The scenario was repeated that afternoon, when Cousin Narcissa hostessed a matinée party for a dozen pure-blood toddlers. After a puppet-charmer had presented a marionette performance of Puss in Boots, half the children clambered onto the stage, wanting to know if the puppet-cat had really eaten the puppet-mouse. Morag murmured to one of the Patil lassies her opinion that they should “wait forra tarmer-man to tell us if we can p’ay wiv his puppets,” and young Draco instantly interrupted with:
“We don’t wait, we take puppets, because it’s my party.” He grabbed the King-puppet, shook it roughly, and ordered, “Dance!”
“It will brrrrreak!” Morag’s voice had risen several decibels. “Put it down!”
Draco promptly clonked the wooden marionette onto Morag’s head. She screamed in pain. The Patil twins both pushed at Draco, tiny Pansy Parkinson and her friend Daphne pushed back at the Patils, and Draco’s cousin Gregory took advantage of the general disruption to shove randomly at Janet’s nephew Stephen. Stephen landed on top of the Zabini boy, who landed on top of the Puss puppet that he had been trying to charm, and at this point a puppet really did break. Pansy was grabbing at Morag’s hair, Draco was urging Gregory to finish up the Patils, and order was only restored when Dobby the house-elf brought round a tea tray of chocolate éclairs.
Morag spent a great deal of that week in time-out, learning not to speak her mind in polite company because it caused fights, to the delighted triumph of her Cousin Draco.
Mr and Mrs MacDougal seemed completely at home among the polite pure-blooded company that flooded through the manor-house.
“I haven’t seen the Macmillans in Society for a while,” said Mrs Parkinson.
“Goodness, no, that family has no sense of its proper place,” replied Cousin Narcissa. “We invited them here, Iris, and they pleaded a prior commitment. They are spending Christmas with the last remaining dregs of the Longbottom family, if you please!”
Cousin Narcissa’s friends tittered, while Ariadne kept her eyes to the floor, knowing that she could not expect her parents to speak a word in favour of the Macmillans.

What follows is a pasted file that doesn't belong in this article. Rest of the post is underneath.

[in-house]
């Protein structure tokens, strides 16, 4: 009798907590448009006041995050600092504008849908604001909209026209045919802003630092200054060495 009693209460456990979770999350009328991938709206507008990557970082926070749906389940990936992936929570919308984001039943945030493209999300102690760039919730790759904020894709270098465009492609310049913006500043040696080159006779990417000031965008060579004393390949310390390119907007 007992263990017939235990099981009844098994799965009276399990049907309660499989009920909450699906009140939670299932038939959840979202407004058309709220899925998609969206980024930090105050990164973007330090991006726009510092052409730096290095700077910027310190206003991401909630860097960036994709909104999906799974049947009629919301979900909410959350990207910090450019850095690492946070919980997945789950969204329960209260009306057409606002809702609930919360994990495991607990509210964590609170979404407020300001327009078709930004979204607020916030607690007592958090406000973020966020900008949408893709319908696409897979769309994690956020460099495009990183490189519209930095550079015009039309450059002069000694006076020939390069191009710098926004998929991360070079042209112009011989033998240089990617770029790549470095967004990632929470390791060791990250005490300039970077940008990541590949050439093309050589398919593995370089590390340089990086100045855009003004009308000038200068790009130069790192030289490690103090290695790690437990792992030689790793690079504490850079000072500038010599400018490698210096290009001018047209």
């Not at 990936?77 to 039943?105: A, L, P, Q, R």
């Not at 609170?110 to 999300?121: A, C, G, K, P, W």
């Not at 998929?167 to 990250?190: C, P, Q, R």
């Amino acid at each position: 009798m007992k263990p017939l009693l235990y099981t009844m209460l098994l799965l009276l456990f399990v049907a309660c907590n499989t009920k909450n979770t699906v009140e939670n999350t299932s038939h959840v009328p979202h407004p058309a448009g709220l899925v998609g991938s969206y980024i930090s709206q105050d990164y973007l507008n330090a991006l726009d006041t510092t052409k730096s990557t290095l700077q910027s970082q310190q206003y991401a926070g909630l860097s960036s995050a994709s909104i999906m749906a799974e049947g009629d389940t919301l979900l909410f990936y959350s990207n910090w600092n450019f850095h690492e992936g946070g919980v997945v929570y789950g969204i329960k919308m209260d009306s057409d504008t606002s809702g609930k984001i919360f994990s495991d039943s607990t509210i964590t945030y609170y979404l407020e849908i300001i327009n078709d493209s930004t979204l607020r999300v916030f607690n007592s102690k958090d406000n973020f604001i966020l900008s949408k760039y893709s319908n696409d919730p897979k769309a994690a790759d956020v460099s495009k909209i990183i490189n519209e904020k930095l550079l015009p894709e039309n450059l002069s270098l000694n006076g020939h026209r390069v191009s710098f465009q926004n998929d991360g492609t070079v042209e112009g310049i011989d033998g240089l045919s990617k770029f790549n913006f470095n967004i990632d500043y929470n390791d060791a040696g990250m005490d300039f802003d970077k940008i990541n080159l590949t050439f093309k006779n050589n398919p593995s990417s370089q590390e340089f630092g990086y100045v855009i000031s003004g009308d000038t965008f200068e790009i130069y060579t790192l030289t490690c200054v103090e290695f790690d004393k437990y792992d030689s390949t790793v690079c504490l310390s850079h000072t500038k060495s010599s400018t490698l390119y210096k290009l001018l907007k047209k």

“And Margaret’s had yet another baby, I believe?” prompted Mrs Parkinson. “Isn’t she your sister-in-law, Bethoc? You must know about this baby – the seventh, or the eighth, or the ninth?”
Mrs MacDougal shook her head. “I’m afraid I’ve lost count too. It’s a long time since I’ve seen the family.”
Ariadne stared at the green-and-silver Persian carpet until the pattern blurred before her eyes. Mamma knew every detail of Aunt Macmillan’s nine children, and it was less than six months since the two families had met; it seemed such a daft lie to pretend otherwise.
“Altogether too many children,” Cousin Lucretia Goyle was saying. “One is my limit. Or perhaps two, at the outside. I don’t know how Aunt Macmillan manages so many. Aunt MacDougal, do you think she’d like to buy a couple of house-elves? I have two young ones ready to sell.”
“I’m not knowing anything about Margaret’s domestic arrangements,” lied Mamma. “As Iris reminded us… the Macmillans have not appeared in Society for a long time. Having so very many bairns has to keep them busy. As you say, the family is perhaps too large.”
Ariadne clamped her teeth on her tongue to prevent herself saying, But the Macmillans are not needing a house-elf because they all take care of each other. She even wanted to say, They are better people than anybody in this room! But talk like that would expose Mamma as a liar and hurt her deeply.
Cousin Lavinia Crabbe passed around a plate of mince pies as she pressed the point. “But I expect you MacDougals will be seeing the Macmillans soon. Aunt MacDougal, why don’t you find out about those house-elves and owl Lucretia about them next week?”
“I’ll be glad to owl Margaret this evening, rather than later” – Ariadne already knew that a thundering lie was to follow – “for in fact I will not be seeing her at any time soon.”
Ariadne only hoped that Aunt Macmillan would never find out that Mamma had as good as disowned their friendship in order to appease the Malfoys.
Cousin Narcissa already knew that the MacDougals would be staying with the Macmillans for Hogmanay, so she knew that Mamma had lied; she raised her eyebrows triumphantly when Lavinia and Lucretia were not looking.
But Narcissa could play the game better than anybody; she said nothing but, “Do have another cup of tea, Aunt MacDougal. Talking of breeding creatures, we have a dozen of last summer’s owl chicks to give away. I’d like all of you to put your heads together and give me the names of people who’d like a new eagle owl. Pass your cup too, Iris.”
“What a quiet, well-behaved little thing that Miss MacDougal is,” observed old Madam Greengrass.
“Yet she speaks so intelligently in her own home,” puzzled Manjula Patil.
Mamma did in fact have an attack of conscience about the way she had sacrificed Aunt Macmillan. That evening, away from the inquisitive ears and ratting tongues of the Malfoys’ friends, she asked Ariadne, “Darling, are you thinking I did wrong to fib about our plans like that to Cousin Narcissa? After all, it’s not her business how we spend Hogmanay.”
It’s not about our holiday plans. It’s about whether we care about the Macmillans enough to tell their enemies that they are our friends. But Mamma looked so anxious, so contrite, in such desperate need of reassurance, that Ariadne smothered her anger and tried to say something comforting instead.